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Use of Negative Pressure Isolation in the Provision of Dental Care

Sean Banaee, PhD, CIH, CSP—assistant professor and director of the Department of Environmental and Occupational Health at Old Dominion University (ODU); Denise M. Claiborne, RDH, PhD—assistant professor and graduate program director, Gene W. Hirschfeld School of Dental Hygiene at ODU; and Muge Akpinar-Elci, MD, MPH—professor and chair, School of Community & Environmental Health, and director of the Center for Global Health at ODU—are blogging for Dimensions of Dental Hygiene on COVID-19.

By nature, dental hygienists are at high risk of occupational exposure to several types of microorganisms, aerosol particles, and droplets that live in patients’ saliva and blood in addition to instruments contaminated with saliva, blood, and tissue debris.1 These bacteria and fungi may be directly responsible for transmitting highly infectious diseases, including severe acute respiratory syndrome coronavirus 2, Mycobacterium tuberculosis, hepatitis, herpes simplex, and human immunodeficiency virus.1–3 

The United States Centers for Disease Control and Prevention (CDC) recommends postponing annual checkups, elective procedures, surgeries, and nonurgent dental visits during the COVID-19 pandemic. If  emergency dental care is needed for a patient suspected of having COVID-19, treatment should be performed in an isolation room with negative pressure along with using N95 respirator and a full-face shield for technical team and N95 respirator for other persons entering the room.4

Studies suggest directing airflow through a negative pressure isolation room is a preferred model for protecting healthcare workers during patient care.1,5,6 The Occupational Safety and Health Administration (OSHA)7 provides guidance on preparing workplaces for COVID-19 and defines steps to reduce employee exposure. Engineering controls, such as installing high-efficiency air filters, increasing ventilation rates, and providing negative pressure ventilation, will minimize hazard exposure.

For a negative pressure room, the sum of the mechanically exhausted air must exceed the sum of the mechanically supplied air. In a negative pressure room, air should flow from hallways and corridors (cleaner areas) into the isolation rooms (less clean areas).8,9 This prevents cross-contamination and spread of the virus. CDC guidelines dictate a minimum pressure differential of 0.01-inch water gauge  between the exhaust and supply to sustain a negative pressure room. The CDC also defines a minimum of six air changes per hour (ACH) as criteria for an efficient ventilation system (12 ACH for new construction or renovation areas).10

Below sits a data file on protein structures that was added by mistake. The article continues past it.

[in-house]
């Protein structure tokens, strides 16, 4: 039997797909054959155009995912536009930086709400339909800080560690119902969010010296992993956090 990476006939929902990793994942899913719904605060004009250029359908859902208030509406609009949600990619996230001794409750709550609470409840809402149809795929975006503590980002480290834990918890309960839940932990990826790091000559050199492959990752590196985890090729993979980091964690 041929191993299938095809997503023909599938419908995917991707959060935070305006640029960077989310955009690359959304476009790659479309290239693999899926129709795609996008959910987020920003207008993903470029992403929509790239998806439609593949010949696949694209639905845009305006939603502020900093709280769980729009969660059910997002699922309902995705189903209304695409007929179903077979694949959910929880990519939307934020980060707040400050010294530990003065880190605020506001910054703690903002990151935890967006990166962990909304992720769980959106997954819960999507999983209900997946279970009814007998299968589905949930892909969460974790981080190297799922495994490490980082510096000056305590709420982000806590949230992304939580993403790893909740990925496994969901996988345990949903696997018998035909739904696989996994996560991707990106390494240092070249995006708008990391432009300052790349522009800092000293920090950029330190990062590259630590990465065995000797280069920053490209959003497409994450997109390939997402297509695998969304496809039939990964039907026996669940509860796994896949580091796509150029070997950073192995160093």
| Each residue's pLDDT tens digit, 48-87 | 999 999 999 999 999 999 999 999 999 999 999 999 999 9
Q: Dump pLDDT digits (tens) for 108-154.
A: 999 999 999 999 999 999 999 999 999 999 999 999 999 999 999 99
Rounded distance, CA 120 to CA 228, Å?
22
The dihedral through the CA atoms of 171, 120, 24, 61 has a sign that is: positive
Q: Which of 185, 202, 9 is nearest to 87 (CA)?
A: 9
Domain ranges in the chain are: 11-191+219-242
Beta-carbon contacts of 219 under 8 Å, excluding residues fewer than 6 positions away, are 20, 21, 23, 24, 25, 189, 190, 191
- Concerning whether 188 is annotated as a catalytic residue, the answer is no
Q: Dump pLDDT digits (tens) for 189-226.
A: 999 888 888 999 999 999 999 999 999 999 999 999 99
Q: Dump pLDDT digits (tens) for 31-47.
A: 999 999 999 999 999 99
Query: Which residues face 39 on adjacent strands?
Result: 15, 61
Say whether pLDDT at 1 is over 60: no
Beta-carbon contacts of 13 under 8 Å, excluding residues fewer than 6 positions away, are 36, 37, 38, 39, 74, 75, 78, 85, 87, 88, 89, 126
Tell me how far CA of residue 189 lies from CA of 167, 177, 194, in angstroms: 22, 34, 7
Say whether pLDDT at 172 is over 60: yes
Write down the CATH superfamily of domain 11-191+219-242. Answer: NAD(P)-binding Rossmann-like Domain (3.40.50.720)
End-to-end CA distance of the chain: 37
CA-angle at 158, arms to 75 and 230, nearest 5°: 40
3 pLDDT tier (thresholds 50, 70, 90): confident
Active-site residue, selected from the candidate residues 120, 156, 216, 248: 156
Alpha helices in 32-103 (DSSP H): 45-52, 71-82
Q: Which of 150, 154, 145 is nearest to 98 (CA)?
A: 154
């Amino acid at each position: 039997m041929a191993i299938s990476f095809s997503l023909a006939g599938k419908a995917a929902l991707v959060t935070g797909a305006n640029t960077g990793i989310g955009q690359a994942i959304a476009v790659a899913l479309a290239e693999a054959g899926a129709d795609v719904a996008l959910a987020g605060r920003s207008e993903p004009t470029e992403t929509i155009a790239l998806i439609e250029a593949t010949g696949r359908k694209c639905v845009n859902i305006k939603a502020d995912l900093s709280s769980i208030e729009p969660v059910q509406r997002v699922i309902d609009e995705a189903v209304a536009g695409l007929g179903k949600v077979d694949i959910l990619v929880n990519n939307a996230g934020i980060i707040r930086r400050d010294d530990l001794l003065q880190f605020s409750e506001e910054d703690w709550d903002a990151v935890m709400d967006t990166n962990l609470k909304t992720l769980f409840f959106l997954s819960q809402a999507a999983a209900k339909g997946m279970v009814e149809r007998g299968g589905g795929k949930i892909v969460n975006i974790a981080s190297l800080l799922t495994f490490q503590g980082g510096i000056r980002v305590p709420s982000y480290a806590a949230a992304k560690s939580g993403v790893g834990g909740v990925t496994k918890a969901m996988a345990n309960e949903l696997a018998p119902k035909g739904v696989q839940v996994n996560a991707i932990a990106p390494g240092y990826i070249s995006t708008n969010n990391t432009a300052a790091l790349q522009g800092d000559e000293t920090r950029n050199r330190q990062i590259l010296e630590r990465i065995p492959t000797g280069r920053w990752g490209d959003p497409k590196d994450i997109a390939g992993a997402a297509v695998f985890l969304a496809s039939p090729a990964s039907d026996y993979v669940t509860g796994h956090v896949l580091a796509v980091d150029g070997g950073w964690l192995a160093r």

The exhausted air must be directly funneled to the outside of the building as the first option. If this is not possible, the air should be passed through a high-efficiency particulate air (HEPA) filter before recirculation.8 If the exhaust air gets recirculated, a high density HEPA filter with a minimum efficiency reporting value (MERV) of 18 or higher is recommended. MERV 18 is expected to capture 99.97% of particles whose diameter is greater or equal to 0.3 μm. Entry and exit to the room should be minimized, as the doors should be kept closed as much as possible.

Dental professionals are at high-risk because most treatment procedures produce a significant number of aerosols in the environment. Dental professionals who are providing emergency dental procedures during the COVID-19 pandemic, should discuss an office protocol that includes patient, personnel, operatory, and office safety to minimize exposure as much as possible.


  1. Chen C, Zhao B, Cui W, Dong L, An N, Ouyang X. The effectiveness of an air cleaner in controlling droplet/aerosol particle dispersion emitted from a patient’s mouth in the indoor environment of dental clinics. J R Soc Interface. 2010;7;1105–1118.
  2. LiY, Huang X, Yu IT, Wong TW, Qian H. Role of air distribution in SARS transmission during the largest nosocomial outbreak in Hong Kong. Indoor Air. 2004;15: 83–95.
  3. Samaranayake L.P, Peiris M. Severe acute respiratory syndrome and dentistry: a retrospective view. J Am Dent Assoc.2004;135; 1292–302.
  4. United States Centers for Disease Control and Prevention. Dental Settings Interim Infection Prevention and Control Guidance for Dental Settings During the COVID-19 Response.
  5. Cheong KWD, Phua SY. Development of ventilation design strategy for effective removal of pollutant in the isolation room of a hospital. Build Environ. 2006;41:1161–1170.
  6. US Centers for Disease Control and Prevention. Evaluation of Ventilation Controls for Tuberculosis Prevention at a Hospital.
  7. Occupational Safety and Health Administration Guidance on Preparing Workplaces for COVID-19.
  8. LeeJ Y. Tuberculosis infection control in healthcare facilities: environmental control and personal protection. Tuberc Respir Dis. 2016;79; 234–240.
  9. US Centers for Disease Control and Prevention. Transmission-Based Precautions.
  10. US Centers for Disease Control and Prevention.  Guidelines for Environmental Infection Control in Health-Care Facilities.
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